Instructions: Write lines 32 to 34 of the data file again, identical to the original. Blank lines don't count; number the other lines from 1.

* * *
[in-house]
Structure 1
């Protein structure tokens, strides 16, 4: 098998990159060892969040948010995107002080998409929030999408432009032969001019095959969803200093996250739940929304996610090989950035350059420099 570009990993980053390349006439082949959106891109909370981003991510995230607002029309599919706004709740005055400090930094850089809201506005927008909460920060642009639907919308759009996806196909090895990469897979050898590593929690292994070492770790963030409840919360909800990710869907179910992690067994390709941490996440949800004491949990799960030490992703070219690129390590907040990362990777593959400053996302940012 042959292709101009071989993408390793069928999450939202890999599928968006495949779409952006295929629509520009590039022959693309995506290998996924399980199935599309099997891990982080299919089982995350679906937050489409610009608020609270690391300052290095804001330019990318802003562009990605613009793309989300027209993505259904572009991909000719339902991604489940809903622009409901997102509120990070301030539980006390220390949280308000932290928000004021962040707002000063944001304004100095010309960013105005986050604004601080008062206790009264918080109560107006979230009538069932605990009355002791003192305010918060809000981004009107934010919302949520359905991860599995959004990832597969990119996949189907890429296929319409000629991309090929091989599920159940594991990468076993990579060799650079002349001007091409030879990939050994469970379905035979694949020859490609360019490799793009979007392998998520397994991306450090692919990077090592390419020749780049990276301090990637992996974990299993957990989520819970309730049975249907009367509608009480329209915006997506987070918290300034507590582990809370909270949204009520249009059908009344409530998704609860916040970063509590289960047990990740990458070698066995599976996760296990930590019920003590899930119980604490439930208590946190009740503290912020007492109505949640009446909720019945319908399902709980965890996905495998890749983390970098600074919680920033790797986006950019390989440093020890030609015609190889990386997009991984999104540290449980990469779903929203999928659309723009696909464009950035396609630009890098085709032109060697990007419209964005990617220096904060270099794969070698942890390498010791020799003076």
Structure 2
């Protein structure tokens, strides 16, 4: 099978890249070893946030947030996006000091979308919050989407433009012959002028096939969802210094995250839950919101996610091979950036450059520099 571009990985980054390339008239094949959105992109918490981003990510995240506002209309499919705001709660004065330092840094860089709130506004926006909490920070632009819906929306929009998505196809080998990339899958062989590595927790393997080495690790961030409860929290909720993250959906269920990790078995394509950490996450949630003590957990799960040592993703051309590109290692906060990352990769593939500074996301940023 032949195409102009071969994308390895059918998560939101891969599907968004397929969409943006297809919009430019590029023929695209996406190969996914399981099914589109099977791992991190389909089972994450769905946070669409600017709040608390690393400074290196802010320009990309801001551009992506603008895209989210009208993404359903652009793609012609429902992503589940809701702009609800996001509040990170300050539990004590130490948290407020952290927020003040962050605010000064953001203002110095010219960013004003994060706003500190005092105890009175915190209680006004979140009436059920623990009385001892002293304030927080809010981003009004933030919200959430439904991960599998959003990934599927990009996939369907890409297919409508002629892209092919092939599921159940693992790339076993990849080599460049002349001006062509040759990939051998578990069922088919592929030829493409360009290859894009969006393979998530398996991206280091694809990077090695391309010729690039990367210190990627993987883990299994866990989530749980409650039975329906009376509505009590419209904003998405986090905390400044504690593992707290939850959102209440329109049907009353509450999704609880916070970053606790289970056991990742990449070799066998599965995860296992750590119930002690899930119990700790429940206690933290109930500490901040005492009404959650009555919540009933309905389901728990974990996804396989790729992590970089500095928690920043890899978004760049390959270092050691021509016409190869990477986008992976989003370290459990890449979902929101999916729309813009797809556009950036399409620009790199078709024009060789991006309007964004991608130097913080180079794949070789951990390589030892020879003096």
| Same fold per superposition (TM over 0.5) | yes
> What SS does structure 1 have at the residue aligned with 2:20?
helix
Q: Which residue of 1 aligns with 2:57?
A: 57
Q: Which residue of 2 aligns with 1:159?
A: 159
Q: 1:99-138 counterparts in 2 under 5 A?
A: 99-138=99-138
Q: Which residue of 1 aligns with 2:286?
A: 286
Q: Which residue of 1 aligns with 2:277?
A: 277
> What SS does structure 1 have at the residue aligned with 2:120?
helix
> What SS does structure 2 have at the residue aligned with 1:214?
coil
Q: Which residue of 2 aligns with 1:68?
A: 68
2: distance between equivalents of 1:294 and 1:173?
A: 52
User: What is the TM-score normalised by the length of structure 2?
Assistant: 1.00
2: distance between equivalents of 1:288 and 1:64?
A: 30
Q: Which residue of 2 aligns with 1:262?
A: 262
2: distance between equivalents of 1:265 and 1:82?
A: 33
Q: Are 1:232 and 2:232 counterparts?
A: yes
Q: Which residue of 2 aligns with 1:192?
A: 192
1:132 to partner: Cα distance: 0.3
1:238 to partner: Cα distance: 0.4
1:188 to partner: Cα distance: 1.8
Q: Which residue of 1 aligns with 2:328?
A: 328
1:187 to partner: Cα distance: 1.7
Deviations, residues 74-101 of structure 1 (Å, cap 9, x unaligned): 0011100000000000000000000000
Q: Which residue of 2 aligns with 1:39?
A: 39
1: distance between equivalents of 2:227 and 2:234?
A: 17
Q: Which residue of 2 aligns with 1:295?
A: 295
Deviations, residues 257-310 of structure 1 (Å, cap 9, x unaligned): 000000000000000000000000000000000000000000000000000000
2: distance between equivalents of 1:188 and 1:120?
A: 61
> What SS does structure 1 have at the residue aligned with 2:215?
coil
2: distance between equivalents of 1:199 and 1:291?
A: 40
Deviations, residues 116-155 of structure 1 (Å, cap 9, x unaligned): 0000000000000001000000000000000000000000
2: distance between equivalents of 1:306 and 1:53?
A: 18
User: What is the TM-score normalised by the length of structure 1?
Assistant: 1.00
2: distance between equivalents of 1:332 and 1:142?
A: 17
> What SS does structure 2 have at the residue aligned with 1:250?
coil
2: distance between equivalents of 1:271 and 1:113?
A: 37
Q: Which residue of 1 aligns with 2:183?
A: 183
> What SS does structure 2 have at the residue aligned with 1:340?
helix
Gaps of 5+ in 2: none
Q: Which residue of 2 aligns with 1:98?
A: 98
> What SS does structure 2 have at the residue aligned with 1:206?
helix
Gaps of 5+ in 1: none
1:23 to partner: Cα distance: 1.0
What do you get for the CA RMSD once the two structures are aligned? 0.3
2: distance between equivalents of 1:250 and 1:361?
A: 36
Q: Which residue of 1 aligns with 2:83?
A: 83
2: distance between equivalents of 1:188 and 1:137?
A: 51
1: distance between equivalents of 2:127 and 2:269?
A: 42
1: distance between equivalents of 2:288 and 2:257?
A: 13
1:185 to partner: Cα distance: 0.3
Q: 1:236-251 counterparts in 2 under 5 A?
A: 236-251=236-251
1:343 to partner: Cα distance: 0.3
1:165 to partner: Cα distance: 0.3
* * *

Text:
A: 262
2: distance between equivalents of 1:265 and 1:82?
A: 33